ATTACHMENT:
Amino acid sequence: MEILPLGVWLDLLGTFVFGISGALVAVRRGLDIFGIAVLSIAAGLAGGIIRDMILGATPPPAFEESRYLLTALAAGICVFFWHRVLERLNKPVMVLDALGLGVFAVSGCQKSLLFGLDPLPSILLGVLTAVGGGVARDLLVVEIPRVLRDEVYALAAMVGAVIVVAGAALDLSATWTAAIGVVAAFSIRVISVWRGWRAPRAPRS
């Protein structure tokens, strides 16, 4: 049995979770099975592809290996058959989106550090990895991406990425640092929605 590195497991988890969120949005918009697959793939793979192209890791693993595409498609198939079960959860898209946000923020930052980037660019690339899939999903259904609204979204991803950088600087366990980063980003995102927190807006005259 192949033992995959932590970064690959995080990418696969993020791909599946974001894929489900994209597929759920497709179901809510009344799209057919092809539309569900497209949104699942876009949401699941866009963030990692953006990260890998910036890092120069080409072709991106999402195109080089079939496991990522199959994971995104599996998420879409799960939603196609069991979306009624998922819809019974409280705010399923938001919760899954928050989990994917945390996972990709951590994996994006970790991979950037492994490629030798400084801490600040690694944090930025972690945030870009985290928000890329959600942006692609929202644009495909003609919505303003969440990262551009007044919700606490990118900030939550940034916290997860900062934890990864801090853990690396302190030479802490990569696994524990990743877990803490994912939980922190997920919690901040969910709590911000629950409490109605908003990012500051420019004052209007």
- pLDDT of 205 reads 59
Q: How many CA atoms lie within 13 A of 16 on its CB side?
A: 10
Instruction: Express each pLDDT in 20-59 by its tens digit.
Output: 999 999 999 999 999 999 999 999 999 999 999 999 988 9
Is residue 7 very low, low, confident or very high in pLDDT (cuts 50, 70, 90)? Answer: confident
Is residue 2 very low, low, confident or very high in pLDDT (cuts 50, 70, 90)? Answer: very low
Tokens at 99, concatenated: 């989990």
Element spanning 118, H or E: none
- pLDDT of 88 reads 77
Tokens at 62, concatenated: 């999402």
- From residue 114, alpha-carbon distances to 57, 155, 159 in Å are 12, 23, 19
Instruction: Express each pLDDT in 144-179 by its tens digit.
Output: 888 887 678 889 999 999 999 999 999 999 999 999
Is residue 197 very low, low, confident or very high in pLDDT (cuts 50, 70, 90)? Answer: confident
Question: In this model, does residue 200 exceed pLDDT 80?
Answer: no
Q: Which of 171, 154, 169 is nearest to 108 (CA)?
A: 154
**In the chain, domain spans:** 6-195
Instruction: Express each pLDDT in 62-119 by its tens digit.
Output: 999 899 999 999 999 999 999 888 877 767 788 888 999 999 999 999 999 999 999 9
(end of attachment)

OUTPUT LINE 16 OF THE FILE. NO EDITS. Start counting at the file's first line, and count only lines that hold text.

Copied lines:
Output: 888 887 678 889 999 999 999 999 999 999 999 999